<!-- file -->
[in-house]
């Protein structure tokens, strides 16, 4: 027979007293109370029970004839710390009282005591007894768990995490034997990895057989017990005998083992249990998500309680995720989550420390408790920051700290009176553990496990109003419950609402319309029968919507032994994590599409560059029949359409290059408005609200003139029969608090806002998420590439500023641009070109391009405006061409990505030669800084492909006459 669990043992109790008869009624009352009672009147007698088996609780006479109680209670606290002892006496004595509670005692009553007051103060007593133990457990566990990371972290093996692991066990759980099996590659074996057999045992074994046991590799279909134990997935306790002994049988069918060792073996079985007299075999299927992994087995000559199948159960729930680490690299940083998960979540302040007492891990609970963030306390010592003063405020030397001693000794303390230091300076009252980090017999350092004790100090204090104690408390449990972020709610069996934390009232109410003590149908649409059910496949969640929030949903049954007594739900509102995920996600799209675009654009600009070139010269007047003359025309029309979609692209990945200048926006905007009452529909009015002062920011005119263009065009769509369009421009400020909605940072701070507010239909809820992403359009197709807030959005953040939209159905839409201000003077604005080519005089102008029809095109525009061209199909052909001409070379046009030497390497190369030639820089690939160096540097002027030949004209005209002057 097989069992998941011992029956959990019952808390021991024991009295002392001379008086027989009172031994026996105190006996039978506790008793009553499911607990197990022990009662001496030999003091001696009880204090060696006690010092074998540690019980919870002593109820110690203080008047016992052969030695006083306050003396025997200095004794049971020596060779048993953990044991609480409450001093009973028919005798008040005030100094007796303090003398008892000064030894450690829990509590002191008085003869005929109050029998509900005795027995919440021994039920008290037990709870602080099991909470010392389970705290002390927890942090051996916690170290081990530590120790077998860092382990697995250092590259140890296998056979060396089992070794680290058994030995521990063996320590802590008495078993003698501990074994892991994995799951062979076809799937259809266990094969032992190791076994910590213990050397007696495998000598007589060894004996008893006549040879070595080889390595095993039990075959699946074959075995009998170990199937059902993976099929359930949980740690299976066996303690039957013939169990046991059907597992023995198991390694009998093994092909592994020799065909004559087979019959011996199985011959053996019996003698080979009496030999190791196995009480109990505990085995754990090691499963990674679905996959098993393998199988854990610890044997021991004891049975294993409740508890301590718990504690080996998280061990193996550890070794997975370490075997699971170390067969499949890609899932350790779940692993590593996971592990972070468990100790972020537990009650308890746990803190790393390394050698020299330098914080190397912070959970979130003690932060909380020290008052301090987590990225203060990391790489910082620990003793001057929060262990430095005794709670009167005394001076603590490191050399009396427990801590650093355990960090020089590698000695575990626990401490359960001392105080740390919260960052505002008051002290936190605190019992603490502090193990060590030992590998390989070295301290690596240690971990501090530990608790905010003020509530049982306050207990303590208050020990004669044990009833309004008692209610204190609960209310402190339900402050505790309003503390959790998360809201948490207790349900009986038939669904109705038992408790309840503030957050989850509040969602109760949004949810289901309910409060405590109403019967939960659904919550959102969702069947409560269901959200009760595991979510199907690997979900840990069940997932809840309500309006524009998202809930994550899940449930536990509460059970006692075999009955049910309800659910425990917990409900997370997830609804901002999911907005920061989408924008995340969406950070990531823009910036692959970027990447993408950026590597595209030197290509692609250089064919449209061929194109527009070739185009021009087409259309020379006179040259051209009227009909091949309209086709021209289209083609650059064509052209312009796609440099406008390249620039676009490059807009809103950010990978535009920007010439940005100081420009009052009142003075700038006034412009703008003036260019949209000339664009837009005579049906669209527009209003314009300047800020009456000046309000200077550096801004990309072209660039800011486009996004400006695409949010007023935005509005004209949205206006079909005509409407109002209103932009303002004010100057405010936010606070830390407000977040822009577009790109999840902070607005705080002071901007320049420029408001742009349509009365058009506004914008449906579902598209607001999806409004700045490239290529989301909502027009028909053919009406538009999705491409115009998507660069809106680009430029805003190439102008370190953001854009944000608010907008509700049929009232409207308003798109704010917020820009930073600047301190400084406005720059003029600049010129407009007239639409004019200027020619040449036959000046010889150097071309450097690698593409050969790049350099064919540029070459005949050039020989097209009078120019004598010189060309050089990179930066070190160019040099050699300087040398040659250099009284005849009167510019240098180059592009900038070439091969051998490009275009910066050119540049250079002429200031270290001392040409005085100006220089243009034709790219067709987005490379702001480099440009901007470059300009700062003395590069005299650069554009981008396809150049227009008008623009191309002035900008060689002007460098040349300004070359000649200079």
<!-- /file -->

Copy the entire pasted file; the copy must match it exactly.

[in-house]
């Protein structure tokens, strides 16, 4: 027979007293109370029970004839710390009282005591007894768990995490034997990895057989017990005998083992249990998500309680995720989550420390408790920051700290009176553990496990109003419950609402319309029968919507032994994590599409560059029949359409290059408005609200003139029969608090806002998420590439500023641009070109391009405006061409990505030669800084492909006459 669990043992109790008869009624009352009672009147007698088996609780006479109680209670606290002892006496004595509670005692009553007051103060007593133990457990566990990371972290093996692991066990759980099996590659074996057999045992074994046991590799279909134990997935306790002994049988069918060792073996079985007299075999299927992994087995000559199948159960729930680490690299940083998960979540302040007492891990609970963030306390010592003063405020030397001693000794303390230091300076009252980090017999350092004790100090204090104690408390449990972020709610069996934390009232109410003590149908649409059910496949969640929030949903049954007594739900509102995920996600799209675009654009600009070139010269007047003359025309029309979609692209990945200048926006905007009452529909009015002062920011005119263009065009769509369009421009400020909605940072701070507010239909809820992403359009197709807030959005953040939209159905839409201000003077604005080519005089102008029809095109525009061209199909052909001409070379046009030497390497190369030639820089690939160096540097002027030949004209005209002057 097989069992998941011992029956959990019952808390021991024991009295002392001379008086027989009172031994026996105190006996039978506790008793009553499911607990197990022990009662001496030999003091001696009880204090060696006690010092074998540690019980919870002593109820110690203080008047016992052969030695006083306050003396025997200095004794049971020596060779048993953990044991609480409450001093009973028919005798008040005030100094007796303090003398008892000064030894450690829990509590002191008085003869005929109050029998509900005795027995919440021994039920008290037990709870602080099991909470010392389970705290002390927890942090051996916690170290081990530590120790077998860092382990697995250092590259140890296998056979060396089992070794680290058994030995521990063996320590802590008495078993003698501990074994892991994995799951062979076809799937259809266990094969032992190791076994910590213990050397007696495998000598007589060894004996008893006549040879070595080889390595095993039990075959699946074959075995009998170990199937059902993976099929359930949980740690299976066996303690039957013939169990046991059907597992023995198991390694009998093994092909592994020799065909004559087979019959011996199985011959053996019996003698080979009496030999190791196995009480109990505990085995754990090691499963990674679905996959098993393998199988854990610890044997021991004891049975294993409740508890301590718990504690080996998280061990193996550890070794997975370490075997699971170390067969499949890609899932350790779940692993590593996971592990972070468990100790972020537990009650308890746990803190790393390394050698020299330098914080190397912070959970979130003690932060909380020290008052301090987590990225203060990391790489910082620990003793001057929060262990430095005794709670009167005394001076603590490191050399009396427990801590650093355990960090020089590698000695575990626990401490359960001392105080740390919260960052505002008051002290936190605190019992603490502090193990060590030992590998390989070295301290690596240690971990501090530990608790905010003020509530049982306050207990303590208050020990004669044990009833309004008692209610204190609960209310402190339900402050505790309003503390959790998360809201948490207790349900009986038939669904109705038992408790309840503030957050989850509040969602109760949004949810289901309910409060405590109403019967939960659904919550959102969702069947409560269901959200009760595991979510199907690997979900840990069940997932809840309500309006524009998202809930994550899940449930536990509460059970006692075999009955049910309800659910425990917990409900997370997830609804901002999911907005920061989408924008995340969406950070990531823009910036692959970027990447993408950026590597595209030197290509692609250089064919449209061929194109527009070739185009021009087409259309020379006179040259051209009227009909091949309209086709021209289209083609650059064509052209312009796609440099406008390249620039676009490059807009809103950010990978535009920007010439940005100081420009009052009142003075700038006034412009703008003036260019949209000339664009837009005579049906669209527009209003314009300047800020009456000046309000200077550096801004990309072209660039800011486009996004400006695409949010007023935005509005004209949205206006079909005509409407109002209103932009303002004010100057405010936010606070830390407000977040822009577009790109999840902070607005705080002071901007320049420029408001742009349509009365058009506004914008449906579902598209607001999806409004700045490239290529989301909502027009028909053919009406538009999705491409115009998507660069809106680009430029805003190439102008370190953001854009944000608010907008509700049929009232409207308003798109704010917020820009930073600047301190400084406005720059003029600049010129407009007239639409004019200027020619040449036959000046010889150097071309450097690698593409050969790049350099064919540029070459005949050039020989097209009078120019004598010189060309050089990179930066070190160019040099050699300087040398040659250099009284005849009167510019240098180059592009900038070439091969051998490009275009910066050119540049250079002429200031270290001392040409005085100006220089243009034709790219067709987005490379702001480099440009901007470059300009700062003395590069005299650069554009981008396809150049227009008008623009191309002035900008060689002007460098040349300004070359000649200079």